Getting a good night’s sleep often comes with challenges when you have sleep apnea. Obstructive sleep apnea is the most commonly occurring type of sleep apnea, and it often occurs as a result of the throat muscles relaxing and blocking the airways during sleep. While this condition is predetermined by how the muscles in the back of the throat affect sleep, one lesser-known observance for sleep apnea is how the tongue’s size, shape, and volume affect the airways. Depending on where it sits in the mouth, the tongue can be a huge risk factor in the development and severity of a person’s sleep apnea.
How Tongue Posture Impacts Sleep
The tongue, throat, and sleep often correlate with one another due to the proximity to one another and how the air pathways respond when these conditions malfunction in some form. Snoring, waking up gasping, and excessive drowsiness throughout the day are all just symptoms of this lifelong condition that require constant management to provide healthier forms of sleep for patients. However, the tongue has a more intricate connection than previously conceived.
Articles from Clinical Medicine & Research, the tongue has been believed to be part of the cause for the lack of airway circulation. Poor tongue placement can lead to sleep quality concerns that can be traced back to infancy. There is a strong correlation that the tongue’s placement correlates to the formation of the maxilla, sinus cavities, nasal cavities, and palate in the mouth. Other studies reference the tongue’s volume related to obstructive sleep apnea and state that tongues with larger volumes have stronger correlations to lower O2 saturation during sleep. Included in these aspects, tongue movement restrictions, abnormal formations of oral structures, restricted airways due to collapsed throat muscles can also contribute to various oral health problems, including:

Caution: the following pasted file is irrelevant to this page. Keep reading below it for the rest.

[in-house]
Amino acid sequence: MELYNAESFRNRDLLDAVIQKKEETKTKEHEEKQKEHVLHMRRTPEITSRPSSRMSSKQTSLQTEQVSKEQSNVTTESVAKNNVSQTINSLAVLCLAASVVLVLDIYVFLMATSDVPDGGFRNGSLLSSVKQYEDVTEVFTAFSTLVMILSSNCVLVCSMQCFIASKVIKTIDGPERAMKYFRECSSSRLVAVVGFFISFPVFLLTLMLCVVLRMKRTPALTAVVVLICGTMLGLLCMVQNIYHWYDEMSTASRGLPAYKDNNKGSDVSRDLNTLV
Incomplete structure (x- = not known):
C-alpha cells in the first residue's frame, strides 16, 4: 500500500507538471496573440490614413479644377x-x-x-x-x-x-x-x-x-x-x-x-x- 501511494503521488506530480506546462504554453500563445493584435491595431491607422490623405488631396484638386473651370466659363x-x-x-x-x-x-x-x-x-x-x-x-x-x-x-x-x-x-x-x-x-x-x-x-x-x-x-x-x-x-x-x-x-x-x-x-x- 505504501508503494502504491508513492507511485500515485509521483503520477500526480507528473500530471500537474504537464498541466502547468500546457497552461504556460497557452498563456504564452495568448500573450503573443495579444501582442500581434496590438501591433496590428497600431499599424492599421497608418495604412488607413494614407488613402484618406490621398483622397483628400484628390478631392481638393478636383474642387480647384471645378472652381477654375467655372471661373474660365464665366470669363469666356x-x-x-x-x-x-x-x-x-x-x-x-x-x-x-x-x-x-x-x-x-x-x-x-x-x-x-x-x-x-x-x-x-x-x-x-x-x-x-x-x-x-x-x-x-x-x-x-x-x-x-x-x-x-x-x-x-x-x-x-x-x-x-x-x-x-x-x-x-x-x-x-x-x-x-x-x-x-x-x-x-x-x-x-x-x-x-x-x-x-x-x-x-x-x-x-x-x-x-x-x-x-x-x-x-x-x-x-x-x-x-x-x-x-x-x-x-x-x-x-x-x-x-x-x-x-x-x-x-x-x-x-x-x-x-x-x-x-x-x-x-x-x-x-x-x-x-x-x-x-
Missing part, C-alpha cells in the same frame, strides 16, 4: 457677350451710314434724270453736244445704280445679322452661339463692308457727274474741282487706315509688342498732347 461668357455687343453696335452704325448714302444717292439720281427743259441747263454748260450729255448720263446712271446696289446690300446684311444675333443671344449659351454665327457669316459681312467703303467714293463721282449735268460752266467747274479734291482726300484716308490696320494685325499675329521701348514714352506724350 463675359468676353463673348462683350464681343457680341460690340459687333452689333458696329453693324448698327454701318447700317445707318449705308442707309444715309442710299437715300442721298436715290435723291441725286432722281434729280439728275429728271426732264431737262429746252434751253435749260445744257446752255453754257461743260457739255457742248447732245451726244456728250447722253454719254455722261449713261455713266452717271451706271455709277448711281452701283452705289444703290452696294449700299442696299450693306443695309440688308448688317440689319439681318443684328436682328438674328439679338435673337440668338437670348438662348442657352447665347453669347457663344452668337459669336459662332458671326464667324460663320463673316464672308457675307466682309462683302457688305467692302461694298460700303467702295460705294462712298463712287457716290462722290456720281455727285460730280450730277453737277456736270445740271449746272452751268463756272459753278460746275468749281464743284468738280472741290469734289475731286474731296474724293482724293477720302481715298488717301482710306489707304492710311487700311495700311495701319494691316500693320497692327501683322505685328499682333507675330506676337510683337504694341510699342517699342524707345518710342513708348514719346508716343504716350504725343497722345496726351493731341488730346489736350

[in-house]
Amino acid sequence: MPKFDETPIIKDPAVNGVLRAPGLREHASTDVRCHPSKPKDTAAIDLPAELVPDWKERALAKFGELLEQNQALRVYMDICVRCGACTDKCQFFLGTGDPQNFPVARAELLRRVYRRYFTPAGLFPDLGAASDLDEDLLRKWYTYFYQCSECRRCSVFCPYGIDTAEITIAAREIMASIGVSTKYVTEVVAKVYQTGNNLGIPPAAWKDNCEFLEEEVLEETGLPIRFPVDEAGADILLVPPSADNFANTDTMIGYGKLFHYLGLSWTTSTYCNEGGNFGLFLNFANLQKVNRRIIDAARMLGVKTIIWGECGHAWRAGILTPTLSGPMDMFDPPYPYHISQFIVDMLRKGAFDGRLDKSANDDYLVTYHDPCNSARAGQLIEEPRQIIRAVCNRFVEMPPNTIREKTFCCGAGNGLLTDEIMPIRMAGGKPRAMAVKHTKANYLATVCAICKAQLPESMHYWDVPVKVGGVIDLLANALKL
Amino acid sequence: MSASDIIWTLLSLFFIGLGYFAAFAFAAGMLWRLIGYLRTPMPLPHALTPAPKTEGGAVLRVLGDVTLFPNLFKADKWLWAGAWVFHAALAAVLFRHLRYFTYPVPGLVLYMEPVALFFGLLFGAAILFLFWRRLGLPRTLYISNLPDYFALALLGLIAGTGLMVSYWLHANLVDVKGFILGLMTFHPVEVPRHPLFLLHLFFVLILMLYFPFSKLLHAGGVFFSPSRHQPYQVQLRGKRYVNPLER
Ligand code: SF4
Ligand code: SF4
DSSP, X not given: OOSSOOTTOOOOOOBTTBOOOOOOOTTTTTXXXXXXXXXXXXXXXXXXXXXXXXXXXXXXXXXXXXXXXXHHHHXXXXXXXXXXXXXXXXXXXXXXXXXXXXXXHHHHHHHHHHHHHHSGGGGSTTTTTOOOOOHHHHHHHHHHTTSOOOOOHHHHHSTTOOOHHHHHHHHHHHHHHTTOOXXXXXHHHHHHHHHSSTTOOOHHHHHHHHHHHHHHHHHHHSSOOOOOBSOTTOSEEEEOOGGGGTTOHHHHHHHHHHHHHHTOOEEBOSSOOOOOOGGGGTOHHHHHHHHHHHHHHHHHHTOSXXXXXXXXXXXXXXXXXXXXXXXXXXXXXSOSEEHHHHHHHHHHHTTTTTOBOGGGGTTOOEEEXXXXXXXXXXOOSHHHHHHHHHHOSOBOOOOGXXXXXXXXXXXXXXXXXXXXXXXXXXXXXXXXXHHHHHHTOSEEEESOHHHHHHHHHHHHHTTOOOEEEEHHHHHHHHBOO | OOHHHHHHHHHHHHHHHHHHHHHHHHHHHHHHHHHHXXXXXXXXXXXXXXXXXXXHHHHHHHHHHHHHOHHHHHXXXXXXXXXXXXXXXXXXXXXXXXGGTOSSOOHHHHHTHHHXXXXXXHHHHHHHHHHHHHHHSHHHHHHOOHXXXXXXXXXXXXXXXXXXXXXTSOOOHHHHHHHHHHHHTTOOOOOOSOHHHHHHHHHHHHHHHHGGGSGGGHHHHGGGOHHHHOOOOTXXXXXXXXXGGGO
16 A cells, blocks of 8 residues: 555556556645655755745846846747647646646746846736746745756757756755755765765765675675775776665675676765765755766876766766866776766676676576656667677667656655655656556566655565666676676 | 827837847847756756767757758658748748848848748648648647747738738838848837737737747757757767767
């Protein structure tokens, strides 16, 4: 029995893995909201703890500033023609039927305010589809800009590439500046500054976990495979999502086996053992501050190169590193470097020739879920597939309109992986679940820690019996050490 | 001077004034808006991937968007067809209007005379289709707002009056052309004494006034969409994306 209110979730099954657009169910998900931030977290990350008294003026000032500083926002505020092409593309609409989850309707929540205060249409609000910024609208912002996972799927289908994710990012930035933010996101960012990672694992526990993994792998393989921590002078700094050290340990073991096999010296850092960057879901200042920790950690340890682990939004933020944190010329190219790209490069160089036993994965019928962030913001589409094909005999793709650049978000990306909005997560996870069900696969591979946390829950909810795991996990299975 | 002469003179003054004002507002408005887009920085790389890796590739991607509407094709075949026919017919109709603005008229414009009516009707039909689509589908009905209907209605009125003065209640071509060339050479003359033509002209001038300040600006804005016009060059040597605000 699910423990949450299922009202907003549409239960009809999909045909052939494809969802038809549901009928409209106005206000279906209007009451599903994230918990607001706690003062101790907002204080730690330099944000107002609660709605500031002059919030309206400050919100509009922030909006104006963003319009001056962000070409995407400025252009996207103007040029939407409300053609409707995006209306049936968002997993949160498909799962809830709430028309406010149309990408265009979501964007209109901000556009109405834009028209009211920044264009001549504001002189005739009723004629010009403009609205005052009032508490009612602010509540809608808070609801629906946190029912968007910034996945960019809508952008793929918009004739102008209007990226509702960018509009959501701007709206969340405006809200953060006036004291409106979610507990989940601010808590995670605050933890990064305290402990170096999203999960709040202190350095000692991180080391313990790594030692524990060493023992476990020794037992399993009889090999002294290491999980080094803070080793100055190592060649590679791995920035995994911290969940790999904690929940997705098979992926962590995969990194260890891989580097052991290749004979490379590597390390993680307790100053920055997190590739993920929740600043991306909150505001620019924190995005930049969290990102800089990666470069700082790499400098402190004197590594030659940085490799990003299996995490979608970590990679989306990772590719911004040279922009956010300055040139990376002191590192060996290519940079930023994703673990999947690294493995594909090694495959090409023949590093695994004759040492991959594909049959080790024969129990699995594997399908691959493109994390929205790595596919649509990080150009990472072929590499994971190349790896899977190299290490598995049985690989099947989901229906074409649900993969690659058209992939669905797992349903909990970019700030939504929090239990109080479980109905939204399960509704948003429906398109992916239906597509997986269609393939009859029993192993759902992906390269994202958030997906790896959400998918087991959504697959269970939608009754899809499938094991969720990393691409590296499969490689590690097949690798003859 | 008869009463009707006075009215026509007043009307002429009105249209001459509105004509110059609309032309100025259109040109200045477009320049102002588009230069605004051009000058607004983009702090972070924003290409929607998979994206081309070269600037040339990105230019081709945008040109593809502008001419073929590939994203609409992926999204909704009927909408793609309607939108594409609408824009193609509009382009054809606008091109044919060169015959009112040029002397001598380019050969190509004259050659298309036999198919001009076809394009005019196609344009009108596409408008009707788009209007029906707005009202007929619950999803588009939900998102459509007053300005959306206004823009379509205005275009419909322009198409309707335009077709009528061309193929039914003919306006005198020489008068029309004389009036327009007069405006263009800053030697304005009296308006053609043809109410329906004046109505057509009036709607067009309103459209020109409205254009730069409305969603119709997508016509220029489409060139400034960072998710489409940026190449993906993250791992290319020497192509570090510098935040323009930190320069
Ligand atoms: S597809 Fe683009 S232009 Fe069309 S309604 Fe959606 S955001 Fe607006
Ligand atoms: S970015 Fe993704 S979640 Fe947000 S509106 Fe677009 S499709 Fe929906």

- Excessive Saliva: Excessive saliva can often contribute to the restricted airways due to the position of the tongue and its relation to the mouth and throat.
- Enlarged Tonsils: When obstructed airways form continuously, enlarged tonsils can develop as a side effect, leading the tonsils to a higher risk of infection.
- Malocclusion: Overbites, underbites, and crossbites can develop as a result of long-term obstructive sleep apnea.
- Open Mouth Posture: Also known as mouth breathing, open mouth posture can leave the mouth more vulnerable to the development of harmful bacteria and the teeth and gums that lead to cavities and tooth decay.
- Tongue Thrusts: Tongue thrusting, or the habit of pushing the tongue forward between the upper and lower front teeth, can cause malocclusion to occur, which contributes to the development of obstructive sleep apnea.
Because of the direct relation to how the mouth is formed and how the tongue’s volume impacts breathing, people with sleep problems with more prominent tongues could develop obstructive sleep apnea. Obstructive sleep apnea is often one of the most undiagnosed conditions and can also be the source for other health problems, such as overbites, cavities, and TMJ disorder. For dentists and orthodontists, various treatments can be presented to help treat obstructive sleep apnea and other related dental conditions.
How Orthodontists Treat OSD
An obstructive sleep disorder can be screened by dentists and orthodontists in cooperation with primary care physicians and sleep specialists and can provide various treatments to help reduce the symptoms of this condition. Orthodontists can specialize in providing these various treatments:
- Oral Appliance Therapy: oral appliance therapy, including the use of rapid palate expanders, aligners, and mandibular splints, can be worn during sleep to help open up the airway paths and improve breathing capabilities.
- Continuous Positive Airway Pressure: The CPAP machine, when both diagnosed and treated by orthodontists and sleep medicine specialists, can help reduce OSD symptoms significantly.
Orthodontists can help manage the growth and development of the facial muscles and jaws. With managing sleep apnea, treatments are available to help patients get the proper sleep they need to have a healthier, more fulfilling life.